Namibia angered by EU’s tax haven tag
By Timo Shihepo
Windhoek – The blacklisting of Namibia by the European Union (EU) as one of the countries which are non-cooperative jurisdictions for tax purposes has angered the southern African country and could potentially harm the trade relations between the two parties.
Namibia is one of the 17 countries that were named and shamed by the EU as tax havens in a list published yesterday.
The blacklisted countries are accused of behaving like tax havens. That means they promote unfair tax practices, or don’t share important financial information with the EU.
Speaking at a media briefing today, Namibia’s minister of finance, Calle Schlettwein appeared irritated, criticised the list and accused the EU of having an agenda.
“Namibia is clearly, by any objective criteria, not a tax haven. In fact, Namibia is exposed to illicit financial outflow as has been revealed in the recently published ‘Paradise Papers’.”
“We had hoped that our trusted partners, including the EU, would assist us in fighting tax havens and curbing tax evasion and as we speak we have EU experts within the Ministry of Finance assisting us to improve our tax system.”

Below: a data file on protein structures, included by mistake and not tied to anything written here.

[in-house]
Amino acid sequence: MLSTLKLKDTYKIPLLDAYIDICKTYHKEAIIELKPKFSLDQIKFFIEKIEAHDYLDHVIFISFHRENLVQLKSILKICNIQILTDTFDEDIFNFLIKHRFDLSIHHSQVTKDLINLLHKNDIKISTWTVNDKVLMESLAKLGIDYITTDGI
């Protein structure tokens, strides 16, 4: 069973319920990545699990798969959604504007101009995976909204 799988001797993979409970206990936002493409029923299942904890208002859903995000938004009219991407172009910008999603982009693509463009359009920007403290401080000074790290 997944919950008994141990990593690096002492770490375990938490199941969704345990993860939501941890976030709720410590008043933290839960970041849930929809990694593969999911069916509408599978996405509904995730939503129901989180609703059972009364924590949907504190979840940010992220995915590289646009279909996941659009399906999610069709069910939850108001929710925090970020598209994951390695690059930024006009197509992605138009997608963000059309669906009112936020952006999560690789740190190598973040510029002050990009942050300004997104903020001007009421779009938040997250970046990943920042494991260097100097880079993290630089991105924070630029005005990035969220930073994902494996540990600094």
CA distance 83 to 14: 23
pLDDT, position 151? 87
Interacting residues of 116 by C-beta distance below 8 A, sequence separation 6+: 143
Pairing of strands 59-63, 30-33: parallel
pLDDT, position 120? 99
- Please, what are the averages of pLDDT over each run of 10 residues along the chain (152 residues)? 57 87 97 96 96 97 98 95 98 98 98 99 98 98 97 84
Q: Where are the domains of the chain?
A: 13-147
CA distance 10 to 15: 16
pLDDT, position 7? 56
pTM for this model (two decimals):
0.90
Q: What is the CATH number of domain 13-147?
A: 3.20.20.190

One of the EU experts was also present at the media briefing and confirmed that Namibia is not a tax haven.
The other countries and territories alongside Namibia listed as tax havens are Panama, South Korea, the United Arab Emirates, Mongolia, Trinidad & Tobago, Tunisia, Bermuda, the Cayman Islands, the Isle of Man and Jersey, American Samoa, Bahrain, Barbados, Grenada, Guam, Macau, the Marshall Islands, Palau, St. Lucia and Samoa.
The EU says it updates the list at least annually.
Explaining the factors that led to the blacklisting of Namibia, Schlettwein said it was simply due to a deadline date miscommunication.
“There was a miscommunication with the deadline. We were made aware of the deadline of the 5th December and the other 12th December. But we were made to believe that the deadline was the 12th, hence we thought we still had time to submit the information as requested by the EU. Even so, one cannot be classified as a tax haven only because you missed a deadline. Facts are facts and instead the EU should have notified us that we missed the deadline. That’s it.”
The EU’s list is also questionable given the fact none of the 15 tax havens as mentioned in the 2016 Oxfam Releases List were not included in their list. Countries like Switzerland, British Virgin Islands and Singapore were not included on the EU’s list.
Commenting on the EU’s list, Alex Cobham, chief executive of the Tax Justice Network said: “Rather than have a list of tax havens based on an objective set of criteria, as originally envisaged, the list appears to be a political fix with EU members picking their least favourite countries to name and shame. The result is a flawed blacklisting process, a politically led list that includes only the economically weak.”
The European Commission delegation to Namibia is set to comment on the issue during a media briefing on Thursday.